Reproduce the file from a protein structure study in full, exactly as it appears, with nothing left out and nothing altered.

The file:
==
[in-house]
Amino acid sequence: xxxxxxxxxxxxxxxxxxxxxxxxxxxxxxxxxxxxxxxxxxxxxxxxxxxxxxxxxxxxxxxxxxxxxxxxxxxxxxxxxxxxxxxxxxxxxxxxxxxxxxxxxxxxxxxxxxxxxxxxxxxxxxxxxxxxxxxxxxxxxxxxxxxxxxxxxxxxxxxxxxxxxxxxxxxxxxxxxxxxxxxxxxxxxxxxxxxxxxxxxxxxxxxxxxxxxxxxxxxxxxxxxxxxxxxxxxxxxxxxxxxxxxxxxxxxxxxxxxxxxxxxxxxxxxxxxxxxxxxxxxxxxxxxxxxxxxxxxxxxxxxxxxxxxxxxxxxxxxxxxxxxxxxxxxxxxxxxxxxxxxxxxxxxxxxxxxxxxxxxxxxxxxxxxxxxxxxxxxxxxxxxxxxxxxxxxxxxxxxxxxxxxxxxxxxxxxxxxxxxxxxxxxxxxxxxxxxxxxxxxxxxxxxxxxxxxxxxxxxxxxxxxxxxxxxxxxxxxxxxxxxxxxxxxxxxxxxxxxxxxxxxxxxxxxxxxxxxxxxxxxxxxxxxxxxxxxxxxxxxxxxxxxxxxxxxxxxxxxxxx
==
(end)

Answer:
[in-house]
Amino acid sequence: xxxxxxxxxxxxxxxxxxxxxxxxxxxxxxxxxxxxxxxxxxxxxxxxxxxxxxxxxxxxxxxxxxxxxxxxxxxxxxxxxxxxxxxxxxxxxxxxxxxxxxxxxxxxxxxxxxxxxxxxxxxxxxxxxxxxxxxxxxxxxxxxxxxxxxxxxxxxxxxxxxxxxxxxxxxxxxxxxxxxxxxxxxxxxxxxxxxxxxxxxxxxxxxxxxxxxxxxxxxxxxxxxxxxxxxxxxxxxxxxxxxxxxxxxxxxxxxxxxxxxxxxxxxxxxxxxxxxxxxxxxxxxxxxxxxxxxxxxxxxxxxxxxxxxxxxxxxxxxxxxxxxxxxxxxxxxxxxxxxxxxxxxxxxxxxxxxxxxxxxxxxxxxxxxxxxxxxxxxxxxxxxxxxxxxxxxxxxxxxxxxxxxxxxxxxxxxxxxxxxxxxxxxxxxxxxxxxxxxxxxxxxxxxxxxxxxxxxxxxxxxxxxxxxxxxxxxxxxxxxxxxxxxxxxxxxxxxxxxxxxxxxxxxxxxxxxxxxxxxxxxxxxxxxxxxxxxxxxxxxxxxxxxxxxxxxxxxxxxxxx